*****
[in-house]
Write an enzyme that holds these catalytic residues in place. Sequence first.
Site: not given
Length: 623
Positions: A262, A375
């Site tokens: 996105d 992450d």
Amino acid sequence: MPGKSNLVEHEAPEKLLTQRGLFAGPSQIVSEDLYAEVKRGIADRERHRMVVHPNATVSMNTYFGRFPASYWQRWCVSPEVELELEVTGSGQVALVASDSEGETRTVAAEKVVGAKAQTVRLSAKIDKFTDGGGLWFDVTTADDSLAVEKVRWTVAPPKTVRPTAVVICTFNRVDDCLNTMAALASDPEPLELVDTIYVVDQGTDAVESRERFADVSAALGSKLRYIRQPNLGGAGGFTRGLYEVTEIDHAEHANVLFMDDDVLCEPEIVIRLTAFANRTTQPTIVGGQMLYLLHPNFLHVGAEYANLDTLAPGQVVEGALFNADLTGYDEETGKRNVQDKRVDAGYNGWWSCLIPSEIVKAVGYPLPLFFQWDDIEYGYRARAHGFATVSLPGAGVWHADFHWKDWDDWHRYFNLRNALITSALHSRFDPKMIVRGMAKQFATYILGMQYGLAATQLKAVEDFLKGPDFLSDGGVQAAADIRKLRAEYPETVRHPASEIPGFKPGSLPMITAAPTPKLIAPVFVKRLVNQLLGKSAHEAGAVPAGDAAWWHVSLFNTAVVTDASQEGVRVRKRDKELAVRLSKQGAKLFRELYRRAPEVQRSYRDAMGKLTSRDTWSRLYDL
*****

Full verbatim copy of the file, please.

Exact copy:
[in-house]
Write an enzyme that holds these catalytic residues in place. Sequence first.
Site: not given
Length: 623
Positions: A262, A375
């Site tokens: 996105d 992450d």
Amino acid sequence: MPGKSNLVEHEAPEKLLTQRGLFAGPSQIVSEDLYAEVKRGIADRERHRMVVHPNATVSMNTYFGRFPASYWQRWCVSPEVELELEVTGSGQVALVASDSEGETRTVAAEKVVGAKAQTVRLSAKIDKFTDGGGLWFDVTTADDSLAVEKVRWTVAPPKTVRPTAVVICTFNRVDDCLNTMAALASDPEPLELVDTIYVVDQGTDAVESRERFADVSAALGSKLRYIRQPNLGGAGGFTRGLYEVTEIDHAEHANVLFMDDDVLCEPEIVIRLTAFANRTTQPTIVGGQMLYLLHPNFLHVGAEYANLDTLAPGQVVEGALFNADLTGYDEETGKRNVQDKRVDAGYNGWWSCLIPSEIVKAVGYPLPLFFQWDDIEYGYRARAHGFATVSLPGAGVWHADFHWKDWDDWHRYFNLRNALITSALHSRFDPKMIVRGMAKQFATYILGMQYGLAATQLKAVEDFLKGPDFLSDGGVQAAADIRKLRAEYPETVRHPASEIPGFKPGSLPMITAAPTPKLIAPVFVKRLVNQLLGKSAHEAGAVPAGDAAWWHVSLFNTAVVTDASQEGVRVRKRDKELAVRLSKQGAKLFRELYRRAPEVQRSYRDAMGKLTSRDTWSRLYDL